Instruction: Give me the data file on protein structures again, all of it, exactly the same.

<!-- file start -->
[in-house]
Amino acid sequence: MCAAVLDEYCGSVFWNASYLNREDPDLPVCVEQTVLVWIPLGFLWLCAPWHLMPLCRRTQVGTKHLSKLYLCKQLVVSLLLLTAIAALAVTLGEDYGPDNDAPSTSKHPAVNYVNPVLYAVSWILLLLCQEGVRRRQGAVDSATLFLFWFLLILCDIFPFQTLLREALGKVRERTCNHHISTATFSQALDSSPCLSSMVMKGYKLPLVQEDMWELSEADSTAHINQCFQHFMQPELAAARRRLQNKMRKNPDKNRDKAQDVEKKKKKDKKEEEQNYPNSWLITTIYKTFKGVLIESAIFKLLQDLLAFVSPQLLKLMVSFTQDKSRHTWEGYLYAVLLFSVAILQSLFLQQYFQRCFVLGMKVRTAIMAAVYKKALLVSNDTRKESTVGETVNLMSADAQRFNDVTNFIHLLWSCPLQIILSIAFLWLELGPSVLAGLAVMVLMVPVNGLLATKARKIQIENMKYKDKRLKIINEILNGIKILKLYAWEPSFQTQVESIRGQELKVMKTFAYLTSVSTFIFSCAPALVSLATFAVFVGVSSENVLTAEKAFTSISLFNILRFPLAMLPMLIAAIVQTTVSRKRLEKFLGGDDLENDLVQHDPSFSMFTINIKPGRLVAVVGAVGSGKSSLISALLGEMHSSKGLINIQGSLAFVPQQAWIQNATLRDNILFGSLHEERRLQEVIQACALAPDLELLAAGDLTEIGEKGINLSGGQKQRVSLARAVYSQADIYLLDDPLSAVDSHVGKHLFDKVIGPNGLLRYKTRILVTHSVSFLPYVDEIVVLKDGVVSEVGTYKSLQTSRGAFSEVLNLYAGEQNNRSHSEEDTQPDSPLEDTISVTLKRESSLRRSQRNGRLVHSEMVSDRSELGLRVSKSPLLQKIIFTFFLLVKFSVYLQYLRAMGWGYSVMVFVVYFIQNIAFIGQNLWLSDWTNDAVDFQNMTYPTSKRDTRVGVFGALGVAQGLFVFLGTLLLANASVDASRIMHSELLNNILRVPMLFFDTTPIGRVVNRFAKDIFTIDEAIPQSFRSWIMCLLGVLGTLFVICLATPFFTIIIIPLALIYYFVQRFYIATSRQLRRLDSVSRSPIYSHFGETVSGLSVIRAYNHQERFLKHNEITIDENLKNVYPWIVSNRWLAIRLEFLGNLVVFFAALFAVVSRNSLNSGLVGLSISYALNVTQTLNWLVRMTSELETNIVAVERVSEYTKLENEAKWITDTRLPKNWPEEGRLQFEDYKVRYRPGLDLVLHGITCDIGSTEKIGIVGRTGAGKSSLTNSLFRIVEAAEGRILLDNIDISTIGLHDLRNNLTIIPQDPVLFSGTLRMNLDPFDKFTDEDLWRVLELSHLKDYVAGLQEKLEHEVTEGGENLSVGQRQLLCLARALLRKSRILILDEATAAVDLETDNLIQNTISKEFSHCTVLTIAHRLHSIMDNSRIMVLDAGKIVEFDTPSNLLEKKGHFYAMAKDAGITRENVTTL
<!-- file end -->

[in-house]
Amino acid sequence: MCAAVLDEYCGSVFWNASYLNREDPDLPVCVEQTVLVWIPLGFLWLCAPWHLMPLCRRTQVGTKHLSKLYLCKQLVVSLLLLTAIAALAVTLGEDYGPDNDAPSTSKHPAVNYVNPVLYAVSWILLLLCQEGVRRRQGAVDSATLFLFWFLLILCDIFPFQTLLREALGKVRERTCNHHISTATFSQALDSSPCLSSMVMKGYKLPLVQEDMWELSEADSTAHINQCFQHFMQPELAAARRRLQNKMRKNPDKNRDKAQDVEKKKKKDKKEEEQNYPNSWLITTIYKTFKGVLIESAIFKLLQDLLAFVSPQLLKLMVSFTQDKSRHTWEGYLYAVLLFSVAILQSLFLQQYFQRCFVLGMKVRTAIMAAVYKKALLVSNDTRKESTVGETVNLMSADAQRFNDVTNFIHLLWSCPLQIILSIAFLWLELGPSVLAGLAVMVLMVPVNGLLATKARKIQIENMKYKDKRLKIINEILNGIKILKLYAWEPSFQTQVESIRGQELKVMKTFAYLTSVSTFIFSCAPALVSLATFAVFVGVSSENVLTAEKAFTSISLFNILRFPLAMLPMLIAAIVQTTVSRKRLEKFLGGDDLENDLVQHDPSFSMFTINIKPGRLVAVVGAVGSGKSSLISALLGEMHSSKGLINIQGSLAFVPQQAWIQNATLRDNILFGSLHEERRLQEVIQACALAPDLELLAAGDLTEIGEKGINLSGGQKQRVSLARAVYSQADIYLLDDPLSAVDSHVGKHLFDKVIGPNGLLRYKTRILVTHSVSFLPYVDEIVVLKDGVVSEVGTYKSLQTSRGAFSEVLNLYAGEQNNRSHSEEDTQPDSPLEDTISVTLKRESSLRRSQRNGRLVHSEMVSDRSELGLRVSKSPLLQKIIFTFFLLVKFSVYLQYLRAMGWGYSVMVFVVYFIQNIAFIGQNLWLSDWTNDAVDFQNMTYPTSKRDTRVGVFGALGVAQGLFVFLGTLLLANASVDASRIMHSELLNNILRVPMLFFDTTPIGRVVNRFAKDIFTIDEAIPQSFRSWIMCLLGVLGTLFVICLATPFFTIIIIPLALIYYFVQRFYIATSRQLRRLDSVSRSPIYSHFGETVSGLSVIRAYNHQERFLKHNEITIDENLKNVYPWIVSNRWLAIRLEFLGNLVVFFAALFAVVSRNSLNSGLVGLSISYALNVTQTLNWLVRMTSELETNIVAVERVSEYTKLENEAKWITDTRLPKNWPEEGRLQFEDYKVRYRPGLDLVLHGITCDIGSTEKIGIVGRTGAGKSSLTNSLFRIVEAAEGRILLDNIDISTIGLHDLRNNLTIIPQDPVLFSGTLRMNLDPFDKFTDEDLWRVLELSHLKDYVAGLQEKLEHEVTEGGENLSVGQRQLLCLARALLRKSRILILDEATAAVDLETDNLIQNTISKEFSHCTVLTIAHRLHSIMDNSRIMVLDAGKIVEFDTPSNLLEKKGHFYAMAKDAGITRENVTTL